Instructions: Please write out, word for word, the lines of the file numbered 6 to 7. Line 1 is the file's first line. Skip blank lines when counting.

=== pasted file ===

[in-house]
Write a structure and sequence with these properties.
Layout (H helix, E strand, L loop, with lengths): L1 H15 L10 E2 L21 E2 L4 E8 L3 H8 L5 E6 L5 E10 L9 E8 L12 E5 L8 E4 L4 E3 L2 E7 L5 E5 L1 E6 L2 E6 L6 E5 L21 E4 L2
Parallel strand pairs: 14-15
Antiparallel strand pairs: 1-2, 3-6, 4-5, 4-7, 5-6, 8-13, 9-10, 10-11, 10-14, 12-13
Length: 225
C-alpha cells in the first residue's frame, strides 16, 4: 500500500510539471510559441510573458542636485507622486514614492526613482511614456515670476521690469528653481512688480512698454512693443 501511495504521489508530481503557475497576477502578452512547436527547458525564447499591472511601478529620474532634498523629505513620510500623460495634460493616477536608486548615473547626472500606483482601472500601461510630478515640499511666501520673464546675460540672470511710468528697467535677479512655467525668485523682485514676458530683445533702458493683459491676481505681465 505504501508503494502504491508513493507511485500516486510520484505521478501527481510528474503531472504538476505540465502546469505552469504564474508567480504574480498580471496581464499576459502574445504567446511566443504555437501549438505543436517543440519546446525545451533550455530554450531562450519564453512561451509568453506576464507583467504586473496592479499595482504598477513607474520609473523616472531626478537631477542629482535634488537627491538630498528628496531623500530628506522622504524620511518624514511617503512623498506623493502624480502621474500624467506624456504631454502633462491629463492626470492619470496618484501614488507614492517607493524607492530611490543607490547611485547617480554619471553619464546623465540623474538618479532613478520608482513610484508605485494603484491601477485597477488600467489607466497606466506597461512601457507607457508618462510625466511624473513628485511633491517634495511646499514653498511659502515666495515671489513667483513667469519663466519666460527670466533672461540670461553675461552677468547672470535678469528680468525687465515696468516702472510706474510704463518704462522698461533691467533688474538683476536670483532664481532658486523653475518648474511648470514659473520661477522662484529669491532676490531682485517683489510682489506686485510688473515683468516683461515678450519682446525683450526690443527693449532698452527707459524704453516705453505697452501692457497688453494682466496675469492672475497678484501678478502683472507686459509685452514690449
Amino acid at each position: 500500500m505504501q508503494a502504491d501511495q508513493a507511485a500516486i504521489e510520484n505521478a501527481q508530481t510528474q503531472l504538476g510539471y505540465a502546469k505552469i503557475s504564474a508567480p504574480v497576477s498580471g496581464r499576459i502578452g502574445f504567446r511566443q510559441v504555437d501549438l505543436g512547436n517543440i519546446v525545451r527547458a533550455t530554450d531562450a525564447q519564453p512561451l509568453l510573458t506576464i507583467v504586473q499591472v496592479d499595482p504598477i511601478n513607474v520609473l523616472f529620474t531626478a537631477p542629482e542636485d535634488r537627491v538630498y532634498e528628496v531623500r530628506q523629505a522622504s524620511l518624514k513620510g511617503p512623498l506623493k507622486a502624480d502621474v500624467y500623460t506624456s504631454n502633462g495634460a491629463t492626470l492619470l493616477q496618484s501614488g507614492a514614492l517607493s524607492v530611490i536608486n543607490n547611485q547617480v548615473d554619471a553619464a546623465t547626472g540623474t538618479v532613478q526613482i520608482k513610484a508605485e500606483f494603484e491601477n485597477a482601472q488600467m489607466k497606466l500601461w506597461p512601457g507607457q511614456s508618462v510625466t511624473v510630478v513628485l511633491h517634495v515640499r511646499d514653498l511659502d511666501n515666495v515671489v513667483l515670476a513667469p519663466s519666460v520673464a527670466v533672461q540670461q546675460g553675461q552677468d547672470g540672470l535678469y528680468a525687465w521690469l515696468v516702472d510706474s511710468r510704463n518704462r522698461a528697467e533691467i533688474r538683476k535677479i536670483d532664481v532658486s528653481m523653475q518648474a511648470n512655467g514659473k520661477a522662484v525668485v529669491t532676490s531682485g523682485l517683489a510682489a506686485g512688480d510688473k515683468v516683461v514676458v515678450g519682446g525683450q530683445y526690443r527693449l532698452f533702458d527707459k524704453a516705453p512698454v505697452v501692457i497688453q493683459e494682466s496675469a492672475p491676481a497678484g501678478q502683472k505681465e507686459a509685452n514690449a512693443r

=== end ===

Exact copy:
Length: 225
C-alpha cells in the first residue's frame, strides 16, 4: 500500500510539471510559441510573458542636485507622486514614492526613482511614456515670476521690469528653481512688480512698454512693443 501511495504521489508530481503557475497576477502578452512547436527547458525564447499591472511601478529620474532634498523629505513620510500623460495634460493616477536608486548615473547626472500606483482601472500601461510630478515640499511666501520673464546675460540672470511710468528697467535677479512655467525668485523682485514676458530683445533702458493683459491676481505681465 505504501508503494502504491508513493507511485500516486510520484505521478501527481510528474503531472504538476505540465502546469505552469504564474508567480504574480498580471496581464499576459502574445504567446511566443504555437501549438505543436517543440519546446525545451533550455530554450531562450519564453512561451509568453506576464507583467504586473496592479499595482504598477513607474520609473523616472531626478537631477542629482535634488537627491538630498528628496531623500530628506522622504524620511518624514511617503512623498506623493502624480502621474500624467506624456504631454502633462491629463492626470492619470496618484501614488507614492517607493524607492530611490543607490547611485547617480554619471553619464546623465540623474538618479532613478520608482513610484508605485494603484491601477485597477488600467489607466497606466506597461512601457507607457508618462510625466511624473513628485511633491517634495511646499514653498511659502515666495515671489513667483513667469519663466519666460527670466533672461540670461553675461552677468547672470535678469528680468525687465515696468516702472510706474510704463518704462522698461533691467533688474538683476536670483532664481532658486523653475518648474511648470514659473520661477522662484529669491532676490531682485517683489510682489506686485510688473515683468516683461515678450519682446525683450526690443527693449532698452527707459524704453516705453505697452501692457497688453494682466496675469492672475497678484501678478502683472507686459509685452514690449